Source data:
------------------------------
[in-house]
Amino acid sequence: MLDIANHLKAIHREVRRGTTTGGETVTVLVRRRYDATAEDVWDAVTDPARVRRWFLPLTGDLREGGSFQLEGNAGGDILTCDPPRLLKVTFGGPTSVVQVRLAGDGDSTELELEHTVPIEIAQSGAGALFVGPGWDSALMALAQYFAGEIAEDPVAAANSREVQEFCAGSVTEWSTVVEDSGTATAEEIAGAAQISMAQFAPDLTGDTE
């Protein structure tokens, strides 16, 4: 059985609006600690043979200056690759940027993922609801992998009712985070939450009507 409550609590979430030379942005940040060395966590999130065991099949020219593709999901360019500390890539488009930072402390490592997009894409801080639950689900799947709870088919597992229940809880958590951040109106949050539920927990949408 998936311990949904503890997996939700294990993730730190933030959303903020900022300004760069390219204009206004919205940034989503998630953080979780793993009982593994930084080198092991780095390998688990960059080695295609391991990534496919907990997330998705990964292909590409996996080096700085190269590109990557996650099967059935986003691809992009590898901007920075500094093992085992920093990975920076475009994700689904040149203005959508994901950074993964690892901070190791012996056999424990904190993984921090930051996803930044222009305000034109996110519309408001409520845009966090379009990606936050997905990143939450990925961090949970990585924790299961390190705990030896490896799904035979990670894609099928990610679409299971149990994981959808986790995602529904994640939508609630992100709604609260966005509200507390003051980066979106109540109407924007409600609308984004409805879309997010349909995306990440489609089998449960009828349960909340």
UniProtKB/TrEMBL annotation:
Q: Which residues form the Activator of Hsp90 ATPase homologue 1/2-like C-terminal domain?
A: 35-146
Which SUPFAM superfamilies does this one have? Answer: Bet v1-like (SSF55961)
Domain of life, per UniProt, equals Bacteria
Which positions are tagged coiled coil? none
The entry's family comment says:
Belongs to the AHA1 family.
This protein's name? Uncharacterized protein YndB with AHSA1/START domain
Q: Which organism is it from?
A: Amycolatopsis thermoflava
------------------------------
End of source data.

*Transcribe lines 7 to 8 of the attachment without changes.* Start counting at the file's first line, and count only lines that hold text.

Which SUPFAM superfamilies does this one have? Answer: Bet v1-like (SSF55961)
Domain of life, per UniProt, equals Bacteria